And of course, social security pays more out than it gets. That's a Cost Too High.

I have to wonder when three of your examples really are costs that are too high.

Comment Re:No Von Neuman Machines yet (Score 1) 200

You have lots of rust, contaminated with other stuff. Even primitive smelters were really resource intensive and used LOTS of coal and free oxygen. Hint, what atmosphere mars has doesn't have lots of oxygen and as far as we know, there's no coal. So turning that rust into steel is in itself a non-trivial exercise.

It was a nontrivial exercise in the first place so I'm just not seeing the big deal here. My view is that getting 1000 people to Mars alive is going to be far harder than figuring out how to make stuff and grow food once you get there. It's also worth noting that Mars probably is littered with a vast number of iron-bearing meteorites which aren't oxidized.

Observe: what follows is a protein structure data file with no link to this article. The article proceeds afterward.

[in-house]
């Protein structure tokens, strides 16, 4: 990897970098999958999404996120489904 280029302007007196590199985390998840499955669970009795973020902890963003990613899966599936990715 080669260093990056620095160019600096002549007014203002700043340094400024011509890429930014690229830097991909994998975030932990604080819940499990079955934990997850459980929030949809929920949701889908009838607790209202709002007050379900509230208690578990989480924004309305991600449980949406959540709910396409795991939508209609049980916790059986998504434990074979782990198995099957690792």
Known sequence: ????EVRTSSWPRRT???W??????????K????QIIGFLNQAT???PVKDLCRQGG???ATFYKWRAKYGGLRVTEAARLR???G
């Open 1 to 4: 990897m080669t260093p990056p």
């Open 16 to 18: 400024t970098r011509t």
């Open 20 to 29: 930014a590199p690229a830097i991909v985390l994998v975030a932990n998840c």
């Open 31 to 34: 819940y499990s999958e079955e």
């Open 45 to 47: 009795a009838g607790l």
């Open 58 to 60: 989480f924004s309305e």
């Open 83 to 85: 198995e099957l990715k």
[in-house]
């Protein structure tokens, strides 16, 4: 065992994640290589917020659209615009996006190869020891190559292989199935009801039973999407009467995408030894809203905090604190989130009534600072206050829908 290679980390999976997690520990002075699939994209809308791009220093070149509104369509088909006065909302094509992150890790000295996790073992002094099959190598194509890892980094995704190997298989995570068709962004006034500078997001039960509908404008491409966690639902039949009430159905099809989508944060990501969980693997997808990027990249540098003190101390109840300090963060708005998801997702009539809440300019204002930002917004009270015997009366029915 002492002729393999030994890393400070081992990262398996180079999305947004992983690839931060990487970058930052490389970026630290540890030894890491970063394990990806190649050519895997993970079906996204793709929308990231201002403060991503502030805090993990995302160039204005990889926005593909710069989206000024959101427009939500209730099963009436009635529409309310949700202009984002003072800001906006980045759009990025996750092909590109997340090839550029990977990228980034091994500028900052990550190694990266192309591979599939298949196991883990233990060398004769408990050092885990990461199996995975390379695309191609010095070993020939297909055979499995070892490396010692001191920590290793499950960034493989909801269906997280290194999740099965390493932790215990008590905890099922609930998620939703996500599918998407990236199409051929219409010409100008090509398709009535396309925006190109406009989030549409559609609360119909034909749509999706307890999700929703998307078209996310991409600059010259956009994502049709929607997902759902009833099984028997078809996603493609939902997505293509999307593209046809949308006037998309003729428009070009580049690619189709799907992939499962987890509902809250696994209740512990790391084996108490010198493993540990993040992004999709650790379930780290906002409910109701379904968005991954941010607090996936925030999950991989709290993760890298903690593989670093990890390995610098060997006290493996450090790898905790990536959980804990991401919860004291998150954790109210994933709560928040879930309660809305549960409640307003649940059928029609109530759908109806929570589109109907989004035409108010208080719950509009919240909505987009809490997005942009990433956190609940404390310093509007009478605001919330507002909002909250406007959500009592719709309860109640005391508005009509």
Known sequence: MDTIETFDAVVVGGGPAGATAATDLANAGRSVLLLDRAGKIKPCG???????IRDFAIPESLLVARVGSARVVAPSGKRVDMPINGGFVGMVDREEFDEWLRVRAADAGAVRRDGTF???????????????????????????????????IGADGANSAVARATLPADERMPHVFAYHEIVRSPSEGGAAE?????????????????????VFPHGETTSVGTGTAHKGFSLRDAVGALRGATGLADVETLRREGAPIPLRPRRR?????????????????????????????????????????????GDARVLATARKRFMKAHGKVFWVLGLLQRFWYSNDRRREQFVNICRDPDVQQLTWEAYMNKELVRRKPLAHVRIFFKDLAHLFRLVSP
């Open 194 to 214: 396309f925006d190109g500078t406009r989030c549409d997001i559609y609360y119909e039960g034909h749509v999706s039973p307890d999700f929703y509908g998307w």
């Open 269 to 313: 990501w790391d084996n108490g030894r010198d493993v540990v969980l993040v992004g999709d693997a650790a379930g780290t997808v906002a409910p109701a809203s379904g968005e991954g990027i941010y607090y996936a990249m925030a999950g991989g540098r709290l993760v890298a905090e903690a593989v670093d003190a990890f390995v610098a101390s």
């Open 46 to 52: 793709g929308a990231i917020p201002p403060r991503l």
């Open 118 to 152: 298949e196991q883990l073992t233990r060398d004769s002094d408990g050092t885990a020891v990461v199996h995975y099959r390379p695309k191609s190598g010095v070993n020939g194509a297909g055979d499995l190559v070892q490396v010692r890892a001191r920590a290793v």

Comment Re:DGW - Dinosaurogenic Global Warming (Score 0, Troll) 259

This would be very valid criticism of a theoretical climate model that would predict that it would get there and stay there.

There is simply no valid climate model. Period. The entire discipline is in shambles as most of the adherents — either clueless politics-driven enthusiasts, or crooks grabbing taxpayers' money.

Try it yourself — cite successful predictions made by "Climate Science" over the last 30 years, that have come true... Rules are simple:

  • Each citation is to include two links — one to the prediction being made, the other — to its confirmation within, say, 20% of the predicted value (if quantifiable).